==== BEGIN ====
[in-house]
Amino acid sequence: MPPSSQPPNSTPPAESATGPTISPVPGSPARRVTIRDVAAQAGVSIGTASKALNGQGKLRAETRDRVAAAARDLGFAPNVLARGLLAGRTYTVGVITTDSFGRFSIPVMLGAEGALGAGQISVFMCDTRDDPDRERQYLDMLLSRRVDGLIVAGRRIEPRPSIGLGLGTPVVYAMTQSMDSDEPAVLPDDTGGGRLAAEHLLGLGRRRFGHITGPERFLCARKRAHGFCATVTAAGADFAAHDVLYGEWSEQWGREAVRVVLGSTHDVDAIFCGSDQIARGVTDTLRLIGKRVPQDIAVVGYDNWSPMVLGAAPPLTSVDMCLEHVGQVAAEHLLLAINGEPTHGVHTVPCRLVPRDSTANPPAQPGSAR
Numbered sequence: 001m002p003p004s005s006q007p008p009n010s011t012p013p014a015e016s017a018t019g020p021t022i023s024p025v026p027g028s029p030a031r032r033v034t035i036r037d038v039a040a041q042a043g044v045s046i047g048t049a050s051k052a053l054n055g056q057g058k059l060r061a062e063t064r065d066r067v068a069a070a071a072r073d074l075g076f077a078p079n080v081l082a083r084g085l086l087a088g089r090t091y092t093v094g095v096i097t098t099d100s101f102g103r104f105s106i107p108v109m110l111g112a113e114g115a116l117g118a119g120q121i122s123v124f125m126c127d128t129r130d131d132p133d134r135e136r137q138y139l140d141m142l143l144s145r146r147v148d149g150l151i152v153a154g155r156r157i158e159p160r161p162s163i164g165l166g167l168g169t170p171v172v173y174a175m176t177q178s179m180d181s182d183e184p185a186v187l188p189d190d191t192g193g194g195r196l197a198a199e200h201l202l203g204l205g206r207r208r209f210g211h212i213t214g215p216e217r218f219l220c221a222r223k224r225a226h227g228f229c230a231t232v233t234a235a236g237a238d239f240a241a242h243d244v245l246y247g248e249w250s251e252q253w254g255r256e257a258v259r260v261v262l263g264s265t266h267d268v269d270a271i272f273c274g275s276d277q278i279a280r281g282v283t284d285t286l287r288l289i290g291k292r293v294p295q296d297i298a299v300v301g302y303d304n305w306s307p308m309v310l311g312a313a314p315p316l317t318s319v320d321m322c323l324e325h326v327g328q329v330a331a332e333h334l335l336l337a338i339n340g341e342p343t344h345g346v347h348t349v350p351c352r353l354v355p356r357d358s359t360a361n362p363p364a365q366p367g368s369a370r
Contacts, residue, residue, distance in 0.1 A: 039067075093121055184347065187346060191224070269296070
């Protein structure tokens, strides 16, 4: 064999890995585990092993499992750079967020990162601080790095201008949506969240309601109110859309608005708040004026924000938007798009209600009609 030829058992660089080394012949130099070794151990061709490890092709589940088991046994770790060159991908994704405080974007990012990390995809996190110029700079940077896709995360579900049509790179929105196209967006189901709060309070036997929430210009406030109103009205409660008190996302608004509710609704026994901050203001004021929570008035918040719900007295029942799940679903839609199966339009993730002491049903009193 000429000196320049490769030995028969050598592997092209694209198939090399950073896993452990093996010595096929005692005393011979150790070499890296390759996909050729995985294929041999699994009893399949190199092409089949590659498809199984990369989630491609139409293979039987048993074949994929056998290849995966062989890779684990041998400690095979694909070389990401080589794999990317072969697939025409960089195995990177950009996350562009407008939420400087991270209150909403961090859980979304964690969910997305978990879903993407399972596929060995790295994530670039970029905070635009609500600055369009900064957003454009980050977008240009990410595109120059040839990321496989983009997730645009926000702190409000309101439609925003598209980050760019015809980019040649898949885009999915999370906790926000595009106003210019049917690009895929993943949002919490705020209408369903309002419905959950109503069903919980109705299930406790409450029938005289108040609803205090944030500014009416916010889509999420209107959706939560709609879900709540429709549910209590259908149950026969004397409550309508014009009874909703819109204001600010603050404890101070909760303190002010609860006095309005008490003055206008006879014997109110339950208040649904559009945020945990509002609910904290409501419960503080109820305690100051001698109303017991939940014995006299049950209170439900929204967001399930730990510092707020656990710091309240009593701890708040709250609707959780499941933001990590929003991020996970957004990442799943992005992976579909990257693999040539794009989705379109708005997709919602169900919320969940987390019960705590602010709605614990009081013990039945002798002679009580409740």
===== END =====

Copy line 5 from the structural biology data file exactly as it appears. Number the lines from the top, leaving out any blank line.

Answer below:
């Protein structure tokens, strides 16, 4: 064999890995585990092993499992750079967020990162601080790095201008949506969240309601109110859309608005708040004026924000938007798009209600009609 030829058992660089080394012949130099070794151990061709490890092709589940088991046994770790060159991908994704405080974007990012990390995809996190110029700079940077896709995360579900049509790179929105196209967006189901709060309070036997929430210009406030109103009205409660008190996302608004509710609704026994901050203001004021929570008035918040719900007295029942799940679903839609199966339009993730002491049903009193 000429000196320049490769030995028969050598592997092209694209198939090399950073896993452990093996010595096929005692005393011979150790070499890296390759996909050729995985294929041999699994009893399949190199092409089949590659498809199984990369989630491609139409293979039987048993074949994929056998290849995966062989890779684990041998400690095979694909070389990401080589794999990317072969697939025409960089195995990177950009996350562009407008939420400087991270209150909403961090859980979304964690969910997305978990879903993407399972596929060995790295994530670039970029905070635009609500600055369009900064957003454009980050977008240009990410595109120059040839990321496989983009997730645009926000702190409000309101439609925003598209980050760019015809980019040649898949885009999915999370906790926000595009106003210019049917690009895929993943949002919490705020209408369903309002419905959950109503069903919980109705299930406790409450029938005289108040609803205090944030500014009416916010889509999420209107959706939560709609879900709540429709549910209590259908149950026969004397409550309508014009009874909703819109204001600010603050404890101070909760303190002010609860006095309005008490003055206008006879014997109110339950208040649904559009945020945990509002609910904290409501419960503080109820305690100051001698109303017991939940014995006299049950209170439900929204967001399930730990510092707020656990710091309240009593701890708040709250609707959780499941933001990590929003991020996970957004990442799943992005992976579909990257693999040539794009989705379109708005997709919602169900919320969940987390019960705590602010709605614990009081013990039945002798002679009580409740």